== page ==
Real estate prices in coastal North County going up, up and away

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The area west of Interstate 5 in Oceanside, south of Mission and north of Oceanside Boulevard, is one of the hottest real estate areas in coastal North County, where bargains are unlikely to be found. Seaside Courier staff photo.

By Kirk Sanderson

Home prices in San Diego County hit an all-time high in April, and in coastal North County, homes are selling at prices even higher than during the housing bubble of the mid-2000s. In Carlsbad and Encinitas, fixers are getting upwards of 30 offers and selling for significantly above the asking price.

Meanwhile, inventory levels are at an all-time low and there’s talk up and down the state of Sacramento taking drastic measures to intervene in the Golden State’s worsening housing shortage, which is driving up both sales prices and rents.

Are there still bargains to be found?

“North County is a bit mixed since the bubble; some areas have surged while others still lag behind their peaks,” says realtor Brian Flock. “Prices in Carlsbad … are substantially higher, especially Olde Carlsbad, where home prices are up by as much as 20% from bubble levels. A lot of this can be attributed to 20% population growth in both cities over a decade plus active redevelopment in Carlsbad’s Village-Barrio.

“Meanwhile, the number of homes for sale is about 75% below the peak. Only prices in ZIP code 92011 (southwest Carlsbad) are effectively flat from peak levels. This ZIP code was last to peak at the beginning of the recession and the population has not grown much during that time.”

Conversely, Flock said, “Oceanside and Vista home prices are still 6% to 7% below their pre-recession peaks. Even though housing inventory in these two cities has dropped by a whopping 80% from the peak, the population of these two cities has only grown by 6% to 7% in a decade. This puts less upward pressure on prices in comparison to Carlsbad and San Marcos.”

Flock says one notable “price sweet spot” in North County is the Foothills/Alta Vista area of Vista, “where you can get the most home and land for the money.”

“If you look really hard, you can always find a bargain,” adds local realtor Kelly Lauro.  “If the seller’s motivation is desperation, you can get a deal.  There are not any foreclosure deals to be found like back in the day.  Banks are now selling foreclosure properties that they have in their inventory to either asset managers in big chunks (many homes at a time) or holding them and selling them at market value.  Bargains aren’t really found in specific areas, just here and there.  Obviously the further from the coast, the better the price point.”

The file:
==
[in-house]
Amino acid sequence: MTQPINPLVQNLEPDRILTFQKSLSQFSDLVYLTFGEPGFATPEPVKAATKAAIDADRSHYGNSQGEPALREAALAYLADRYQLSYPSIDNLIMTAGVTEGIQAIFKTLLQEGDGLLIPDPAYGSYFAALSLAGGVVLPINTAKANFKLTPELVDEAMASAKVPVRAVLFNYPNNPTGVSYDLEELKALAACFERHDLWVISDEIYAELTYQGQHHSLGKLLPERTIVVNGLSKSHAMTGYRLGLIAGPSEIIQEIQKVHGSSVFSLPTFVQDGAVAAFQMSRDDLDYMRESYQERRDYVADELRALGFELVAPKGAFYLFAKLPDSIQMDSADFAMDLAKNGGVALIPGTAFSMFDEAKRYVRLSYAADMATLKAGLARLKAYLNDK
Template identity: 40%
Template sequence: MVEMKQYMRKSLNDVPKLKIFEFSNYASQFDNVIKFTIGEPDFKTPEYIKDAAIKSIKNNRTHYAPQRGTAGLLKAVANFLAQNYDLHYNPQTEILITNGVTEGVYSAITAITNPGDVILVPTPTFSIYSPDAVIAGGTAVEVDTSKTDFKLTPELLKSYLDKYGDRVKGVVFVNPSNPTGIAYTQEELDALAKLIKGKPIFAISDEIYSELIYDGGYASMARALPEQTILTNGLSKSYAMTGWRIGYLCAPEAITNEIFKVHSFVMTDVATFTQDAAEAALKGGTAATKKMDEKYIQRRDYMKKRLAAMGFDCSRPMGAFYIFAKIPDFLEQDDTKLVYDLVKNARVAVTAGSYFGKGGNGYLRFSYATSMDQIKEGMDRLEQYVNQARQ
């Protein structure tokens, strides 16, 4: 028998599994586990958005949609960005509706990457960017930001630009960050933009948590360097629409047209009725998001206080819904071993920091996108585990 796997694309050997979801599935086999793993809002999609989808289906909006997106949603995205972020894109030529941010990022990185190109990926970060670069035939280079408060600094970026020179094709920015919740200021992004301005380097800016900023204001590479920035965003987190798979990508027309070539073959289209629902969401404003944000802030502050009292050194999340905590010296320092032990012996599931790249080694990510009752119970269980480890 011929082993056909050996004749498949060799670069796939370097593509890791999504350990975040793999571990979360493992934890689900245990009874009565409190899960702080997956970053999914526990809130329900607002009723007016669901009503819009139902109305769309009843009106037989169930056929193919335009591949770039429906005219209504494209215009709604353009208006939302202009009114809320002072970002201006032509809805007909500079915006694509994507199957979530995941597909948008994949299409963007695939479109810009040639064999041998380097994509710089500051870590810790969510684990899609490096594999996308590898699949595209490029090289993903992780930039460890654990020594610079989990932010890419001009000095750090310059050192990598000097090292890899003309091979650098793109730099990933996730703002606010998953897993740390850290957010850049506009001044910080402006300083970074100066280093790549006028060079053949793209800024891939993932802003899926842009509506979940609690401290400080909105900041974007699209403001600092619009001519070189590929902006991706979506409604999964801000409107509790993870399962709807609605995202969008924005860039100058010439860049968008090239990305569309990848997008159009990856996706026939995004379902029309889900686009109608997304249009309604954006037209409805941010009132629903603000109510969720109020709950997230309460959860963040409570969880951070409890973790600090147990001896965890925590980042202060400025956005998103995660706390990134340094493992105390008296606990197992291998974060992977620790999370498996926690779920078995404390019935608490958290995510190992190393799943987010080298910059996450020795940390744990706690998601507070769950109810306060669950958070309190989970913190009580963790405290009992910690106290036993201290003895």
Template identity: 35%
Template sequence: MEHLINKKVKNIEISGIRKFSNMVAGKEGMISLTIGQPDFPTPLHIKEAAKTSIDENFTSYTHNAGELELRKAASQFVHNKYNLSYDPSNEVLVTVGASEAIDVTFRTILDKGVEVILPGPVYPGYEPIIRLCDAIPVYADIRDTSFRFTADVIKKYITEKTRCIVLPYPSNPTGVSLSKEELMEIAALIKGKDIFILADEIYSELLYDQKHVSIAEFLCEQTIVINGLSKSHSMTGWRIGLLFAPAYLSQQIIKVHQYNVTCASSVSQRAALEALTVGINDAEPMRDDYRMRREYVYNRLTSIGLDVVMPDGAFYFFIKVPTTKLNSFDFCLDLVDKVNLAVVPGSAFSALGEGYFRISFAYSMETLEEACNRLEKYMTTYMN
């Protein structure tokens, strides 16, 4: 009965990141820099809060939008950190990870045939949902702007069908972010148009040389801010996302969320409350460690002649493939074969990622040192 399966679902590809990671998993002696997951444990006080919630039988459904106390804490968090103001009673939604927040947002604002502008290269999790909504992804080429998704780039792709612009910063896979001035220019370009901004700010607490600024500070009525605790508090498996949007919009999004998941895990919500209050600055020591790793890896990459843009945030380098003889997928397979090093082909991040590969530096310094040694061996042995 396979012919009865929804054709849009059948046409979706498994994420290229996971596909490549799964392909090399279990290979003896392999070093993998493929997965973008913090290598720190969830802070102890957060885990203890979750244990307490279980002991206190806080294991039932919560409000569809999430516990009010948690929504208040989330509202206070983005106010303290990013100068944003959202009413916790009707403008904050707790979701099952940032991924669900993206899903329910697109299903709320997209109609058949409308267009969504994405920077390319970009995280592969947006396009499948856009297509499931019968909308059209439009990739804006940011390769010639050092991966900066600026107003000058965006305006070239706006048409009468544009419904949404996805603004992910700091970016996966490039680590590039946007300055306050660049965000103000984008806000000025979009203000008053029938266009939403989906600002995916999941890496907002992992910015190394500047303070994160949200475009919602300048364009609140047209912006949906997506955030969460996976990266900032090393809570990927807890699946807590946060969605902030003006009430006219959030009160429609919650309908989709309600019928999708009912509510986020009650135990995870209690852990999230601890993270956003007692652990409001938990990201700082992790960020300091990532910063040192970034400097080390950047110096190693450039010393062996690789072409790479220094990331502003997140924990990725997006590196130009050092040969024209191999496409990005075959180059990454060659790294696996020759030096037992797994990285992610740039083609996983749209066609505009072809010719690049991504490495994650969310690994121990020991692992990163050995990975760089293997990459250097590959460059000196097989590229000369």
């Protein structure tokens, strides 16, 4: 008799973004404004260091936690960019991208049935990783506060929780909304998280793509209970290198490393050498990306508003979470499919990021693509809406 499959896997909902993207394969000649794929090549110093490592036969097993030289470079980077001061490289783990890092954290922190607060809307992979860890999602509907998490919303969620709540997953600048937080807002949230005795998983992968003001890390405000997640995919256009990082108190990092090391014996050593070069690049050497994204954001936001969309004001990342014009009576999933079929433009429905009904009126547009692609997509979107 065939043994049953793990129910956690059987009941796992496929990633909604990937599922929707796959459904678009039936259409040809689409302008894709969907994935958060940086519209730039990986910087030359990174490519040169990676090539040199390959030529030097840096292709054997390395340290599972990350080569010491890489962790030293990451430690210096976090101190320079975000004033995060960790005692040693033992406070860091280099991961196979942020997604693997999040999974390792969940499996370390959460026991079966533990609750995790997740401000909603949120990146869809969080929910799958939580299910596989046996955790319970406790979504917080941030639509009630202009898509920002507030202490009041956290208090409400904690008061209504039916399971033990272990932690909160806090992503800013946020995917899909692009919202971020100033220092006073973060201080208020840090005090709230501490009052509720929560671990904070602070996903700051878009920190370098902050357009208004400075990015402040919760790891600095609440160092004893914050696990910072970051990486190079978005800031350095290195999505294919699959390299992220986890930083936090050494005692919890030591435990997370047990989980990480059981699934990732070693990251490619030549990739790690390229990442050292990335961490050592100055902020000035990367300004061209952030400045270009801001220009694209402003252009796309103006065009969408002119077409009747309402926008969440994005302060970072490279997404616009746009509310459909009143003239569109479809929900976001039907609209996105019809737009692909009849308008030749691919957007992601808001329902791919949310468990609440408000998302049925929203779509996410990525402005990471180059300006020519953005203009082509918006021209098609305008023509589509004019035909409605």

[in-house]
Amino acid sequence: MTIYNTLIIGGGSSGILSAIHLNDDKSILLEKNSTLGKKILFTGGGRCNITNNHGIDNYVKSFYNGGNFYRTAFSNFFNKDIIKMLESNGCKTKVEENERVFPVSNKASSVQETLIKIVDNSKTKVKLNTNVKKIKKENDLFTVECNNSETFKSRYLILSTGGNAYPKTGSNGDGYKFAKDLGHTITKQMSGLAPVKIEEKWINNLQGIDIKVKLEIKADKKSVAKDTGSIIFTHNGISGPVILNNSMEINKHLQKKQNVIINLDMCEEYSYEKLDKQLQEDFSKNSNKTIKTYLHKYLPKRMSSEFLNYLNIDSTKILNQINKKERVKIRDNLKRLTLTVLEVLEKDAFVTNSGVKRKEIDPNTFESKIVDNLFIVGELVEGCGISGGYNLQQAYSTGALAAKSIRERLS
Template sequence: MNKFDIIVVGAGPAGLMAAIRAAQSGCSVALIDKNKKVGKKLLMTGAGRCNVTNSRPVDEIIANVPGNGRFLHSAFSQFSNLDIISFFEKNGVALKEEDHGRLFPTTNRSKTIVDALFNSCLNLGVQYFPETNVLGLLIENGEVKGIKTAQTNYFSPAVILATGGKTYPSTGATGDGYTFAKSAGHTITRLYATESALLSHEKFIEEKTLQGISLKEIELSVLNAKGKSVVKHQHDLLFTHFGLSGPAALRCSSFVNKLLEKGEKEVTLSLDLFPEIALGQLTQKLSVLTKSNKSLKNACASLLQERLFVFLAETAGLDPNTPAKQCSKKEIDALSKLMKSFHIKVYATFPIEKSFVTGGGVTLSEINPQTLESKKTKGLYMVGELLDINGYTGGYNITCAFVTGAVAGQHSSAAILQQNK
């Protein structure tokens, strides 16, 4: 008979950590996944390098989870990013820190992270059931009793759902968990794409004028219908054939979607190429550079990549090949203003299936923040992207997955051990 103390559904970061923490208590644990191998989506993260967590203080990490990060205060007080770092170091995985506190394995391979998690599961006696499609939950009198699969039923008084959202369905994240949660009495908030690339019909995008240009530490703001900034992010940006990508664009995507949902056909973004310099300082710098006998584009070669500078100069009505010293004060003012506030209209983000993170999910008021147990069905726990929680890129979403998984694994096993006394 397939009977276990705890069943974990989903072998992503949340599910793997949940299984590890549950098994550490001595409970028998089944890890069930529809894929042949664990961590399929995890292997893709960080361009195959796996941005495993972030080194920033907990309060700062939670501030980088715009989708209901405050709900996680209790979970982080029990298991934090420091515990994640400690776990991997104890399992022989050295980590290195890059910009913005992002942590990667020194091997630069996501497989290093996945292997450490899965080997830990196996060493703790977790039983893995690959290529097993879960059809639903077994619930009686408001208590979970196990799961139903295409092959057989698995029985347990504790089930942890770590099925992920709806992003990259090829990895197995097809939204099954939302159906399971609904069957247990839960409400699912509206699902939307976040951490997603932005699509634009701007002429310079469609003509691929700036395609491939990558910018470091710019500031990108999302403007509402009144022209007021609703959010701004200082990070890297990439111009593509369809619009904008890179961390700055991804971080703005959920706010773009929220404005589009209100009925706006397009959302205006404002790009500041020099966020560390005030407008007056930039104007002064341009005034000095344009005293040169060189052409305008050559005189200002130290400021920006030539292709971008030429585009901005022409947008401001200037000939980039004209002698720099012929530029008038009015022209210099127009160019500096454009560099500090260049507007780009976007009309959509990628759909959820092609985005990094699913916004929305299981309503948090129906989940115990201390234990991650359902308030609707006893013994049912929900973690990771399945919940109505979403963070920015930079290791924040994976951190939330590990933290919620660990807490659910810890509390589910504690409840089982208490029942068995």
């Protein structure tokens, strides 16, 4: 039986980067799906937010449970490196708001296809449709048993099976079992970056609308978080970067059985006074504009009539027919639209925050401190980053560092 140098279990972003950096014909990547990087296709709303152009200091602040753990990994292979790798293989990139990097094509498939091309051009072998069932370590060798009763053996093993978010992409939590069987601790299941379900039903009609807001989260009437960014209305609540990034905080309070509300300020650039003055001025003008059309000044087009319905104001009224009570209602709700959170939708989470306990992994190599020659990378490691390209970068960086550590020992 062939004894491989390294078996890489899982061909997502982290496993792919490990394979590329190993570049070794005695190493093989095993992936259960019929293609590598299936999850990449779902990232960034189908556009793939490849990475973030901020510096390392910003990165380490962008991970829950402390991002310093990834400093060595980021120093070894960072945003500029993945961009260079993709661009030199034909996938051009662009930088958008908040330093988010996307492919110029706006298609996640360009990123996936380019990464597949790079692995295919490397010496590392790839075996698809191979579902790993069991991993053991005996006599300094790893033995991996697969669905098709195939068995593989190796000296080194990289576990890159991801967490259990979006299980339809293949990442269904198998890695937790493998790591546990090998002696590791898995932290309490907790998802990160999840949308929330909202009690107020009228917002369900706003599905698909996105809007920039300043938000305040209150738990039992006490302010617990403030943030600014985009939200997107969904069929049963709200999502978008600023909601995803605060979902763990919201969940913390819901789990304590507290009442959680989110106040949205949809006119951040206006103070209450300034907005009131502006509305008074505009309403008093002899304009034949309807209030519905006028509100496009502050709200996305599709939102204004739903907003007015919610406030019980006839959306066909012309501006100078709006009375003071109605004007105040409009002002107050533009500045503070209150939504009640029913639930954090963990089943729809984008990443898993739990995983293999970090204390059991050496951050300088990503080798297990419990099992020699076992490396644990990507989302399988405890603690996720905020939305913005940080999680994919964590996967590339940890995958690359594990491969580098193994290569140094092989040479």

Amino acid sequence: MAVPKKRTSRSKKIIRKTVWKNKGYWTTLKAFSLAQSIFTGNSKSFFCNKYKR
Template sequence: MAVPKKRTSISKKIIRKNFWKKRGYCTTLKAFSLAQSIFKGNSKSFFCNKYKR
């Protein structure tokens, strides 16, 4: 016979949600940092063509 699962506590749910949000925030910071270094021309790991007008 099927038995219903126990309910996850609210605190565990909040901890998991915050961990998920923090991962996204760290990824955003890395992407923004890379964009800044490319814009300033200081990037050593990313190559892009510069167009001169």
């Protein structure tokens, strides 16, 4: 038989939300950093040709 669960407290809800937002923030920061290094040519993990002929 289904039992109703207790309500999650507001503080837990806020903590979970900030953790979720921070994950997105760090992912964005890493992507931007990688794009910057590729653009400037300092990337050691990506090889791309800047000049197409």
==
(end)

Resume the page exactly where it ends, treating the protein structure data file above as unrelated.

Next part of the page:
Veteran realtor Kelly McLaughlin, of AARE, agrees. “It will be tough for the coastal ZIP codes because affordable housing has declined in the past two years and will continue to fall this year,” she says. “Many homeowners who have lived in their homes for several years could be thinking of moving but won’t list their homes for sale because they are among the millions of homeowners locked into a mortgage rate below 4%. Rising mortgage rates will likely work as an incentive for these people to stay in their homes to hold onto that low mortgage payment. So with only a two-month supply of inventory in most areas the demand is high, causing the prices rise. Sellers have been receiving multiple offers, many over the asking price. Some buyers are aggressive and shortening the contingency periods and even waiving the appraisal. The percentage of list price to sale price is currently up 3.3%. I think this will lead to a permanent shortage of starter or affordable homes for sale.”

She notes that homebuyer demand is stronger now than it was at the same time last year.   The median sales price in all four ZIP codes in Carlsbad from this time last year has increased 12.25%, according to data taking from Market Watch report for North San Diego Association of Realtors. Still, McLaughlin says, “I believe real estate is a great investment if you are in it for the long haul.